Fossils and the Flood

Paul Garner Paul Garner has a degree in Environmental Sciences, with an emphasis on Geology and Biology. He is a Fellow of the Geological Society of London.
01 March, 2012 8 min read

Fossils and the Flood

Ever since I was a boy I have loved fossils — collecting them, handling them, studying them. There is something magical about splitting open a rock on the beach to find a beautifully preserved ammonite inside.

Fossils are the remains or traces of animals and plants that lived in the past. They are preserved in rock layers that accumulated as sediments like sand or mud. Fossils have a story to tell — but what story?
   Most scientists think that the fossil-bearing rock layers were deposited over a time span measuring hundreds of millions of years. But creationists think the fossil-bearing rock layers accumulated over a much shorter time period — the thousands of years of biblical history.
   From this perspective, much of the fossil record was probably formed during the year-long global Flood in the days of Noah. In this article we will consider various features of the fossil record consistent with the creationist explanation.

Fossils galore

First, consider the abundance of fossils. There are many factors that promote the preservation of fossils, including the possession of hard parts (such as shell or bone), burial in fine-grained sediments (which helps to preserve detail) and a low oxygen environment (which inhibits decay). However, the most important factor is rapid burial.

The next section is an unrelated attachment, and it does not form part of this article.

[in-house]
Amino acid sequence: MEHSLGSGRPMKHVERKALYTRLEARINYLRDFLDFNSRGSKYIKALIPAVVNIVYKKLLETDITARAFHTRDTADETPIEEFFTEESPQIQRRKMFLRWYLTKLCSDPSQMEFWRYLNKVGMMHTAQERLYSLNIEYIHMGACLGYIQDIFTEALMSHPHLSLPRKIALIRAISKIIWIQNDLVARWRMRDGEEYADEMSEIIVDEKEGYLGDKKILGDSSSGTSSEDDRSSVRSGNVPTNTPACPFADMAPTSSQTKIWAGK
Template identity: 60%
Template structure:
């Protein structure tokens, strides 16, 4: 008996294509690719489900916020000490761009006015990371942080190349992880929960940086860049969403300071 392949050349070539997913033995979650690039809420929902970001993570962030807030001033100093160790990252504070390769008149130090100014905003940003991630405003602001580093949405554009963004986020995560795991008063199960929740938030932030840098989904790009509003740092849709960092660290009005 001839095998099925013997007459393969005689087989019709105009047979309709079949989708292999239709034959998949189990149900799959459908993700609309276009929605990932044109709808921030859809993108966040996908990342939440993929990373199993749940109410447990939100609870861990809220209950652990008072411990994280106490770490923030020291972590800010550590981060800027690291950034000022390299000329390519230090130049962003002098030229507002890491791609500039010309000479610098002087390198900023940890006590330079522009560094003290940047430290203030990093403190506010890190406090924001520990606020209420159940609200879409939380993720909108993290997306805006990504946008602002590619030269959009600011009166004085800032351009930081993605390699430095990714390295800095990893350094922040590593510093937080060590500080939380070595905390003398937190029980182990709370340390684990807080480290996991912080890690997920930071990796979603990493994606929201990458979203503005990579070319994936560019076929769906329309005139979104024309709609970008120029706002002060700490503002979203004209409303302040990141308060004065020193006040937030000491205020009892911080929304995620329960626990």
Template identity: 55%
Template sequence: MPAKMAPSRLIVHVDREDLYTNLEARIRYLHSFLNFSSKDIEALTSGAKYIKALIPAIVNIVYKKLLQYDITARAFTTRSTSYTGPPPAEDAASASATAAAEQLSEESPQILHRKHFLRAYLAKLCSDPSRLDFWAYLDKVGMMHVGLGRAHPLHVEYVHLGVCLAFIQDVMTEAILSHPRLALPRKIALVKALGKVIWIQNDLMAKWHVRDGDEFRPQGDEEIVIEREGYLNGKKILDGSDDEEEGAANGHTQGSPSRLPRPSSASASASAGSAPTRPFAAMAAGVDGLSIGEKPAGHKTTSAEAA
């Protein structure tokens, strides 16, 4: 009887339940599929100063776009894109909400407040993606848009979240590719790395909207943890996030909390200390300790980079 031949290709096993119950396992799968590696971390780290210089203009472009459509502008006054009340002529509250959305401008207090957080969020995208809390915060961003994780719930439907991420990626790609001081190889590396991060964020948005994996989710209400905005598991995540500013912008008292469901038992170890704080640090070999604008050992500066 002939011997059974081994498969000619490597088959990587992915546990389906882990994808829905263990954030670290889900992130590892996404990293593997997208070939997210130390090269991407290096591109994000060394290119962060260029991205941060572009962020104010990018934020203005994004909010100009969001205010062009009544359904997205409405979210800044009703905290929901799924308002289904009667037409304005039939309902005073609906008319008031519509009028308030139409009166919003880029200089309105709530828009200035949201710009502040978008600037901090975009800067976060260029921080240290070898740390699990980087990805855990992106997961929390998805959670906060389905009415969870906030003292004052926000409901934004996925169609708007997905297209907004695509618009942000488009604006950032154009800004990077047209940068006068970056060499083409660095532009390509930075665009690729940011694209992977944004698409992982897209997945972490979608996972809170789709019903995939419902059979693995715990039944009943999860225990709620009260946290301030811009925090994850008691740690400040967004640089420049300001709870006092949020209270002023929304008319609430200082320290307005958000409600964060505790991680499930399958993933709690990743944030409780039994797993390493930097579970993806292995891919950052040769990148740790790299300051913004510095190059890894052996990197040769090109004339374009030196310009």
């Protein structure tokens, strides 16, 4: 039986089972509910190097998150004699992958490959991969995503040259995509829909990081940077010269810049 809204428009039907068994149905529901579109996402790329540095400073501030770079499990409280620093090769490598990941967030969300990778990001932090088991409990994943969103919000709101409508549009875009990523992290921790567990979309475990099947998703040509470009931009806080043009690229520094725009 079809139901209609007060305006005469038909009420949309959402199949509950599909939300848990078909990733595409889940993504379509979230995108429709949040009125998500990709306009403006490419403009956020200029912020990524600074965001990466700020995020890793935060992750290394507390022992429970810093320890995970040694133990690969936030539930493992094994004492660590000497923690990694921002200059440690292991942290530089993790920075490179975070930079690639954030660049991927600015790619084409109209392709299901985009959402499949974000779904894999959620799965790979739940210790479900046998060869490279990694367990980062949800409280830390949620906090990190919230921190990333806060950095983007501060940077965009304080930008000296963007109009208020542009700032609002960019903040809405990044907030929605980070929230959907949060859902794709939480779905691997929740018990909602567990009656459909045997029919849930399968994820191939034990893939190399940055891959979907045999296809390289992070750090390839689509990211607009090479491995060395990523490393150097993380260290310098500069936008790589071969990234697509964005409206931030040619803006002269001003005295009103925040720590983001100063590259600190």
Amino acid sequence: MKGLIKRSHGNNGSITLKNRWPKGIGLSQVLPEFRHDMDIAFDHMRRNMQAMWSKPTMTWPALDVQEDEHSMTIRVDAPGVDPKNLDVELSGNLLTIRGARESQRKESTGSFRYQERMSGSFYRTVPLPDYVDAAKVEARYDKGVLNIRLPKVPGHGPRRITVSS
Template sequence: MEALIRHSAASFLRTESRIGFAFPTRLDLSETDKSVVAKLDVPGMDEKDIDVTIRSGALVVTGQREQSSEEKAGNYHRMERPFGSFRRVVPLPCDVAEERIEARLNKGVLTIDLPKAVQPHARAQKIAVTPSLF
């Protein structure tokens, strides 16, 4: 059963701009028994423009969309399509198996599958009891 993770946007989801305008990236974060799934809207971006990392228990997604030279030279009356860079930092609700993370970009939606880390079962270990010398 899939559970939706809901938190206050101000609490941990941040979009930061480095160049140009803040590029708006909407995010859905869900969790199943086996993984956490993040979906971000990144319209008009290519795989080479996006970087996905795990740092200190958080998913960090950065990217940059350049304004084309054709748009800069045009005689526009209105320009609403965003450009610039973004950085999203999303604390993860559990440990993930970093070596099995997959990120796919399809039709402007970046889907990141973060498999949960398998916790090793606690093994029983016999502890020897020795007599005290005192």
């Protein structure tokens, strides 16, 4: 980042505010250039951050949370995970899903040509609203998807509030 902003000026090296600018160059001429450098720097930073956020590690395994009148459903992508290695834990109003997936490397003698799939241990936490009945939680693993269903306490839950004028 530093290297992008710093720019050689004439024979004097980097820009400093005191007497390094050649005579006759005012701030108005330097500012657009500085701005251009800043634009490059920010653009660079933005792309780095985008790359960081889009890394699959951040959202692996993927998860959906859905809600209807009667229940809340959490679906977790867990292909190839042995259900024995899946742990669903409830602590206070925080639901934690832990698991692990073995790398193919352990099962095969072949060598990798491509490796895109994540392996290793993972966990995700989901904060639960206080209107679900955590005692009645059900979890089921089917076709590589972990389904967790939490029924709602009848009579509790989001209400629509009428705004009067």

The remains of most organisms will not be preserved unless they are buried quickly. In modern environments, sediments are typically laid down too slowly to preserve fossils, and yet many sedimentary rock layers are rich in fossils.1
   The abundance of fossils in older sediments suggests that they must have been buried more quickly than typically happens today.
   Many fossil organisms display clear evidence that they were buried alive or soon after death. An expedition to Mongolia in 1971 made an extraordinary find of two dinosaurs, a Velociraptor and a Protoceratops, apparently fossilised in the middle of a fight.2
   The Santana Formation of Brazil contains fish whose gills and muscles are so perfectly preserved that geologists believe they were fossilised within five hours of death.3 Many fossil trilobites are found rolled tightly into a ball, indicating that they were buried alive while trying to protect themselves.4 There are even female ichthyosaurs (extinct marine reptiles) fossilised while giving birth to young.5
   In modern environments, even hard parts such as shells will eventually break down or dissolve in sea water, and fragile shells will break down more quickly than strong shells.